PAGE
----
SA banks provide R45.5bn financial lifeline to ease the pain of lockdown
South African banks have provided a cumulative R45.5bn in financial relief and loan guarantees to businesses and individuals left financially distressed by the coronavirus pandemic and national lockdown up until August 1.
The Banking Association South Africa said in a statement on Monday that relief of R19.3bn had been offered to individuals and R12.9bn to commercial and small and medium enterprises.
“Separately, R13.26 billion in loans were extended by banks under the Covid-19 loan guarantee scheme,” said the association.
“Since March 2020, banks offered payment breaks, worth a combined R32.30bn, to individuals and small, medium and commercial businesses to help keep them afloat through the lockdown. Over 84% of individuals and 95% of businesses who requested help, received assistance.
“The R32.30bn is the cumulative amount of monthly instalments for assets and loans, which have been deferred. The combined value of the actual assets is R537bn. This includes R229.27bn for home loans, R52.06bn in business mortgages and R47.52bn in asset-based finance for companies.
The association said cash flow relief for eligible individuals and businesses was critical to the preservation of quality of life, jobs, businesses and a functioning economy. Additional relief was provided by interest rates cuts by the SA Reserve Bank.
These “payment breaks” were not debt “write-offs” and interest and fees on credit agreements would continue to accumulate, the association added.
“The loan guarantee scheme provides loans, substantially guaranteed by government, through participating commercial banks to eligible businesses, to help them survive until ‘new normal’ economic activity can resume.”
The Reserve Bank and National Treasury agreed with commercial banks to guaranteed R100bn for loans under this scheme – which may in future be extended to guarantee up to R200bn.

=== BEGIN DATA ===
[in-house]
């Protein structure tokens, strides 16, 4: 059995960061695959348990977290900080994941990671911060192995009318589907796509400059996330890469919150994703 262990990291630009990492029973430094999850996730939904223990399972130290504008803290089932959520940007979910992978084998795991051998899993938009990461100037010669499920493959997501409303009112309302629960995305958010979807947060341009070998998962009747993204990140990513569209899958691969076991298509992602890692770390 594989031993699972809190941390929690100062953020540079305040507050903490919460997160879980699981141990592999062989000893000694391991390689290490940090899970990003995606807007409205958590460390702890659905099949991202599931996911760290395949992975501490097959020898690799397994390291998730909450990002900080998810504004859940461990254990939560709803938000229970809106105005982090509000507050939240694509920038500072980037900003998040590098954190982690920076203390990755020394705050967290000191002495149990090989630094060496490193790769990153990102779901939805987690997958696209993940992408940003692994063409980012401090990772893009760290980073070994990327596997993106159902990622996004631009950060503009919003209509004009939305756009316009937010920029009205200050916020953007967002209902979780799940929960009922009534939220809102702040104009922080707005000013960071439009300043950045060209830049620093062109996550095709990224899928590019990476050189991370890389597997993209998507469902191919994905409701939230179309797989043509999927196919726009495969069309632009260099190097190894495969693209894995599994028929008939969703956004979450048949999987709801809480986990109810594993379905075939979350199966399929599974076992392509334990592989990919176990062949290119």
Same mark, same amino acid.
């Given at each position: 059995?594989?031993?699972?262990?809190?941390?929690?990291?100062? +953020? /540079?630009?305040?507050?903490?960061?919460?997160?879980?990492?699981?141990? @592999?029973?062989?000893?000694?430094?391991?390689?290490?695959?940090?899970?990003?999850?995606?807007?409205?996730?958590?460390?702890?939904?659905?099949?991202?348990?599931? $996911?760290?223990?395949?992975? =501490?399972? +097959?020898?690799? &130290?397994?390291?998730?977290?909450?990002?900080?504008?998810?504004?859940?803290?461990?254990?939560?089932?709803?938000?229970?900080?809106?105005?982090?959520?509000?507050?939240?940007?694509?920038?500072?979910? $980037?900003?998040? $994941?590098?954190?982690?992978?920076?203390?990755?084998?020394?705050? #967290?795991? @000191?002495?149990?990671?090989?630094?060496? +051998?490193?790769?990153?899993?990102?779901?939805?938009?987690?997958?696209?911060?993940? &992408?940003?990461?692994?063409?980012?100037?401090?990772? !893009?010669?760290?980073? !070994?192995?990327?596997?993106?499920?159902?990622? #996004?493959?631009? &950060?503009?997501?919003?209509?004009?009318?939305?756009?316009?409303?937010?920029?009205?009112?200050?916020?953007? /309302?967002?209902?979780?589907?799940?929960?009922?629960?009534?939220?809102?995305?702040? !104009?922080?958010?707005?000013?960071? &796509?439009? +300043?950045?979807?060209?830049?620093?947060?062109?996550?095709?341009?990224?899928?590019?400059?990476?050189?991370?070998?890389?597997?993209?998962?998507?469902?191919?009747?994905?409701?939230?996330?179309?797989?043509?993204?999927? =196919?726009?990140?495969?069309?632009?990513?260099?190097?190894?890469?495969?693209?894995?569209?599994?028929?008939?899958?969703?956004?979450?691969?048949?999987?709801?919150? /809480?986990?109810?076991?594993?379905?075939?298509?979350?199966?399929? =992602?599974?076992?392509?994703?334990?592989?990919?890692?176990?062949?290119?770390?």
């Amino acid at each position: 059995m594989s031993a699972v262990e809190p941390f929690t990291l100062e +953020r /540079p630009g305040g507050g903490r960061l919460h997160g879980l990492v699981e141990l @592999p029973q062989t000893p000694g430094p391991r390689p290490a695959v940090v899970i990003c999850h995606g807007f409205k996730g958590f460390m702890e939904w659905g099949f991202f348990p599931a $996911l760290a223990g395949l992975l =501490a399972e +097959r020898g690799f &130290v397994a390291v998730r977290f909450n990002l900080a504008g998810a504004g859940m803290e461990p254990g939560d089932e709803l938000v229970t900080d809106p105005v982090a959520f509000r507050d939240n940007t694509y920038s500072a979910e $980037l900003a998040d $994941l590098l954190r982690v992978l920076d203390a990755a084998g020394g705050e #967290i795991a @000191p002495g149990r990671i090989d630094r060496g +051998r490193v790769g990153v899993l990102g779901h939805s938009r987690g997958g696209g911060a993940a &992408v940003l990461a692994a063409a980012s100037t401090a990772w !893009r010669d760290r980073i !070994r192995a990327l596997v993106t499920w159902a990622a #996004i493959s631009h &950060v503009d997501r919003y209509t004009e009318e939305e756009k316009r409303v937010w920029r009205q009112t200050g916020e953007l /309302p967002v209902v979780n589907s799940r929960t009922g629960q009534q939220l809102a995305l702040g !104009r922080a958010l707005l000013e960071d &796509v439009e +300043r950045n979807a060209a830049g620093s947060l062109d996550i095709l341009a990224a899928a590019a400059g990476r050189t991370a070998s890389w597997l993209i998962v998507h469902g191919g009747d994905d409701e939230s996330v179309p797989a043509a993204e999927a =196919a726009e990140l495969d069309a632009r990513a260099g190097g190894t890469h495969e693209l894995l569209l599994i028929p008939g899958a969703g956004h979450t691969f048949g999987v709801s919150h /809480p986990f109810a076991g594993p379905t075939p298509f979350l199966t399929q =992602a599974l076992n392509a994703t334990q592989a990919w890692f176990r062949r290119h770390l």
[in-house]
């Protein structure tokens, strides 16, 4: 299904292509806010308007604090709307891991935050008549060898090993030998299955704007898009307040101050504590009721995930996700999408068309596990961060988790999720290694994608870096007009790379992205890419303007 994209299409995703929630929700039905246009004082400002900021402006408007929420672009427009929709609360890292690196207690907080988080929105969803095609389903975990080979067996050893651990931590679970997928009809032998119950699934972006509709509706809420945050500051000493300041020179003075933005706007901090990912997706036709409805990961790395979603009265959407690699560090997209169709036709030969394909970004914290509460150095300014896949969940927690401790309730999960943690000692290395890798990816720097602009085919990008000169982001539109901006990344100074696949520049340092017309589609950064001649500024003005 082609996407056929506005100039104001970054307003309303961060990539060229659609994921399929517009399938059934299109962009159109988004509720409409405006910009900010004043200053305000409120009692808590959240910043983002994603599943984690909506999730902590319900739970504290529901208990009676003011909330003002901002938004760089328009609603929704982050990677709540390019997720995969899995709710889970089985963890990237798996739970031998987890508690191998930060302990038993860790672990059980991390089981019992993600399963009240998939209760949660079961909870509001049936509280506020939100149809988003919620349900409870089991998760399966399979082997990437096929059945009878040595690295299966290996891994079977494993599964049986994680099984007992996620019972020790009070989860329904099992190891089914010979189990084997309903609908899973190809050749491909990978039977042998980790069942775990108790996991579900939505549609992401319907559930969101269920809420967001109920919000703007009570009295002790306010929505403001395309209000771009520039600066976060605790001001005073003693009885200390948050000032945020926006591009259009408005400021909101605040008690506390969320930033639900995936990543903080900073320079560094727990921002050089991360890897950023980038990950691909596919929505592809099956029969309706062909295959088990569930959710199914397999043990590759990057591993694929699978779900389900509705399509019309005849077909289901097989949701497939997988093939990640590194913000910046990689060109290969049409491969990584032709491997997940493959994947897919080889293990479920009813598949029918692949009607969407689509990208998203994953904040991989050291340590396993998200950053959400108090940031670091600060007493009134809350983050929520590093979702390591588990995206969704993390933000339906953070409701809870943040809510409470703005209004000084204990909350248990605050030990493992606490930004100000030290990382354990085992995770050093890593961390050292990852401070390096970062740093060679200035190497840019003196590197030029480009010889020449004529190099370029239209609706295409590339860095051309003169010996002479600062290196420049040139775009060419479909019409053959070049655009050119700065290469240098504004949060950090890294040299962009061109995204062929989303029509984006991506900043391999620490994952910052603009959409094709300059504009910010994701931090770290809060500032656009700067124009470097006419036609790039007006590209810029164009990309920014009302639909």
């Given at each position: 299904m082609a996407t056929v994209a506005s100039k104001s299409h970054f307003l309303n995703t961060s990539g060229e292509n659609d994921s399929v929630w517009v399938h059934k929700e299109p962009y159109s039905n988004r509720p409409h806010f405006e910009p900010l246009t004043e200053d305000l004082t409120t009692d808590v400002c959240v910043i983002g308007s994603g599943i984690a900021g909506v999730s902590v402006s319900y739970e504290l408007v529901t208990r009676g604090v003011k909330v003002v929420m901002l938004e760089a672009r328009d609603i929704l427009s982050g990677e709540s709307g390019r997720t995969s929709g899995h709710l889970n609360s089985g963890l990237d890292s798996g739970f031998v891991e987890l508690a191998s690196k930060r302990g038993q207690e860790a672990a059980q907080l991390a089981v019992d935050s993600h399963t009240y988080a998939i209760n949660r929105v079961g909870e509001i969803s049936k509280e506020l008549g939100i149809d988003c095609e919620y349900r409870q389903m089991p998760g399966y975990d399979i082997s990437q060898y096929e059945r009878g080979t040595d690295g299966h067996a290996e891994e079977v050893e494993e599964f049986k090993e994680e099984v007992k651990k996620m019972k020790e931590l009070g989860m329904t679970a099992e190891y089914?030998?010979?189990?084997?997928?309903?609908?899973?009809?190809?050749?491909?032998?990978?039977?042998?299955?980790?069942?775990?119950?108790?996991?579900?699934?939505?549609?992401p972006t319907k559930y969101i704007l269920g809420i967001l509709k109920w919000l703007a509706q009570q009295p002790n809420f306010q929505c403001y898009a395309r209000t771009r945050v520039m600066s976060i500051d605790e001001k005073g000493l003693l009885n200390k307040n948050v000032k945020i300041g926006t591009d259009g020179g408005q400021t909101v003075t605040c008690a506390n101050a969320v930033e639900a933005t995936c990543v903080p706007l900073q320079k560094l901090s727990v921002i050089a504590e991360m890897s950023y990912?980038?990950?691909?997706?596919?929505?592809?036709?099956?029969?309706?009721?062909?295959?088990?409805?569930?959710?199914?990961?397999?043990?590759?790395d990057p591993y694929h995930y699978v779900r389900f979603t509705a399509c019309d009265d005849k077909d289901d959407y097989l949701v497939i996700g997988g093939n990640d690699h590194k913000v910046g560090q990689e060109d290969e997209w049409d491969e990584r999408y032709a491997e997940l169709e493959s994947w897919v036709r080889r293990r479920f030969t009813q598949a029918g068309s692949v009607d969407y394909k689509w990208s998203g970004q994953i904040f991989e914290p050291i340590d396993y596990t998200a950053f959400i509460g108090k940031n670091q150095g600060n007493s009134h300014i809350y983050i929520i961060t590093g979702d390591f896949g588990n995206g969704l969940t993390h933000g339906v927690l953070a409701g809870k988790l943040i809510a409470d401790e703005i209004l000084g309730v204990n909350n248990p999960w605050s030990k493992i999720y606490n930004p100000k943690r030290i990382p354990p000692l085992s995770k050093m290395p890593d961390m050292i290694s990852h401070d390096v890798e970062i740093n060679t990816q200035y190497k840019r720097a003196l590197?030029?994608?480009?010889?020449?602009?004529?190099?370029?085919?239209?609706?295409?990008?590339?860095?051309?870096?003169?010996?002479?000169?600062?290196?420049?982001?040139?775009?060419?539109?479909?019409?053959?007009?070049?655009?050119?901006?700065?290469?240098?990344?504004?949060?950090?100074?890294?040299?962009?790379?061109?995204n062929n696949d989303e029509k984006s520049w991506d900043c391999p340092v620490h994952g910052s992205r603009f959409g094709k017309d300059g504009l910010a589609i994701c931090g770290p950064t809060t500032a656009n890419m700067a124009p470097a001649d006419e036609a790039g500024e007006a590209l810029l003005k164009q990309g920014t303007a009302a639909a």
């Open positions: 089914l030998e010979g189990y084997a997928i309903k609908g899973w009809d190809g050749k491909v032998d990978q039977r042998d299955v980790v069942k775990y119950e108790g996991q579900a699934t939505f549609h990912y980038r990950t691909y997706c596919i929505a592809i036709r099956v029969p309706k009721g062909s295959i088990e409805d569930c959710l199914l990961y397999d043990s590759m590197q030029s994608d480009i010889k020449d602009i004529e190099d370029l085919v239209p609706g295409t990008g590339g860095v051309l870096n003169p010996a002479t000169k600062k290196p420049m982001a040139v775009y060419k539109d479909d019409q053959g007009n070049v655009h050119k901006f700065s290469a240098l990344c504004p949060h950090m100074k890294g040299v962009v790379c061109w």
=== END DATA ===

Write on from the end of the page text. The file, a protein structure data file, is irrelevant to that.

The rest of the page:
“As at August 1 2020, participating banks had received 39,677 applications for the guarantee scheme. Of these, 23% have been approved by banks and taken-up by businesses, while 36% are being assessed. Ten percent were rejected because they did not meet the eligibility criteria for the loan, as set out by the Treasury and the [Reserve Bank] and 28% were declined because they did not meet banks’ risk criteria,” said the association.
The initial take-up of the scheme was slower than anticipated and, since August 1, the terms and conditions were revised, making it easier for small businesses to access loans to cover operating expenses such as salaries and rent. Key changes to scheme criteria include:
• Business restart loans will be available to those able to start operating as economic activity resumes.
• Bank credit assessments and loan approvals will be more discretionary and less restrictive, though banks will still use reasonable lending practices.
• The test for businesses being in "good standing" - having a good record of paying their bills - has been made easier.
Full details of the changes to the loan scheme are on the Reserve Bank, Treasury and banking association websites.